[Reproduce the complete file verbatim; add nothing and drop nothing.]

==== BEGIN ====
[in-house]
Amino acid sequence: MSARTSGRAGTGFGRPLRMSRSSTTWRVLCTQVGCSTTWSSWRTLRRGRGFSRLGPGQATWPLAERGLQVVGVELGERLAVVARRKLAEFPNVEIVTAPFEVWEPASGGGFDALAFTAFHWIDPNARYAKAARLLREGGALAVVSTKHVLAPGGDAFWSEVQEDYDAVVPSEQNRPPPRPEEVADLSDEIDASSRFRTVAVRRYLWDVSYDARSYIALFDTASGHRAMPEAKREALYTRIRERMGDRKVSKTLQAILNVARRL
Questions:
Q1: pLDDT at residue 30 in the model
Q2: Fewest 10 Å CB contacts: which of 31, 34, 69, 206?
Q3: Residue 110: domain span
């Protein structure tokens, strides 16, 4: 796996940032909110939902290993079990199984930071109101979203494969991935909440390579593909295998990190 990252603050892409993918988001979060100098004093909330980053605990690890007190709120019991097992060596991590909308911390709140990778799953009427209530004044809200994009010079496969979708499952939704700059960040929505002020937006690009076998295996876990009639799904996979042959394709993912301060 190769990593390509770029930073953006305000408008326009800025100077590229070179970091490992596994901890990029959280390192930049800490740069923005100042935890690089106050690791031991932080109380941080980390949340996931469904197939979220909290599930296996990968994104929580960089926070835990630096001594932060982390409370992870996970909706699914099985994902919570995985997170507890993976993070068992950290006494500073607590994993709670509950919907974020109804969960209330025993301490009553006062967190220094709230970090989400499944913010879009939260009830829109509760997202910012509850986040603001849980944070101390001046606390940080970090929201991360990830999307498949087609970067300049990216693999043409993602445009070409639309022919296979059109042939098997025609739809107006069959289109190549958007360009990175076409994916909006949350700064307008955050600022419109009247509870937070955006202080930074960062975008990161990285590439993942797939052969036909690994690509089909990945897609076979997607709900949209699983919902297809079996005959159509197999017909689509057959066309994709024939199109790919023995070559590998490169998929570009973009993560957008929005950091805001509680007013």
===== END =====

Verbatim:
[in-house]
Amino acid sequence: MSARTSGRAGTGFGRPLRMSRSSTTWRVLCTQVGCSTTWSSWRTLRRGRGFSRLGPGQATWPLAERGLQVVGVELGERLAVVARRKLAEFPNVEIVTAPFEVWEPASGGGFDALAFTAFHWIDPNARYAKAARLLREGGALAVVSTKHVLAPGGDAFWSEVQEDYDAVVPSEQNRPPPRPEEVADLSDEIDASSRFRTVAVRRYLWDVSYDARSYIALFDTASGHRAMPEAKREALYTRIRERMGDRKVSKTLQAILNVARRL
Questions:
Q1: pLDDT at residue 30 in the model
Q2: Fewest 10 Å CB contacts: which of 31, 34, 69, 206?
Q3: Residue 110: domain span
């Protein structure tokens, strides 16, 4: 796996940032909110939902290993079990199984930071109101979203494969991935909440390579593909295998990190 990252603050892409993918988001979060100098004093909330980053605990690890007190709120019991097992060596991590909308911390709140990778799953009427209530004044809200994009010079496969979708499952939704700059960040929505002020937006690009076998295996876990009639799904996979042959394709993912301060 190769990593390509770029930073953006305000408008326009800025100077590229070179970091490992596994901890990029959280390192930049800490740069923005100042935890690089106050690791031991932080109380941080980390949340996931469904197939979220909290599930296996990968994104929580960089926070835990630096001594932060982390409370992870996970909706699914099985994902919570995985997170507890993976993070068992950290006494500073607590994993709670509950919907974020109804969960209330025993301490009553006062967190220094709230970090989400499944913010879009939260009830829109509760997202910012509850986040603001849980944070101390001046606390940080970090929201991360990830999307498949087609970067300049990216693999043409993602445009070409639309022919296979059109042939098997025609739809107006069959289109190549958007360009990175076409994916909006949350700064307008955050600022419109009247509870937070955006202080930074960062975008990161990285590439993942797939052969036909690994690509089909990945897609076979997607709900949209699983919902297809079996005959159509197999017909689509057959066309994709024939199109790919023995070559590998490169998929570009973009993560957008929005950091805001509680007013």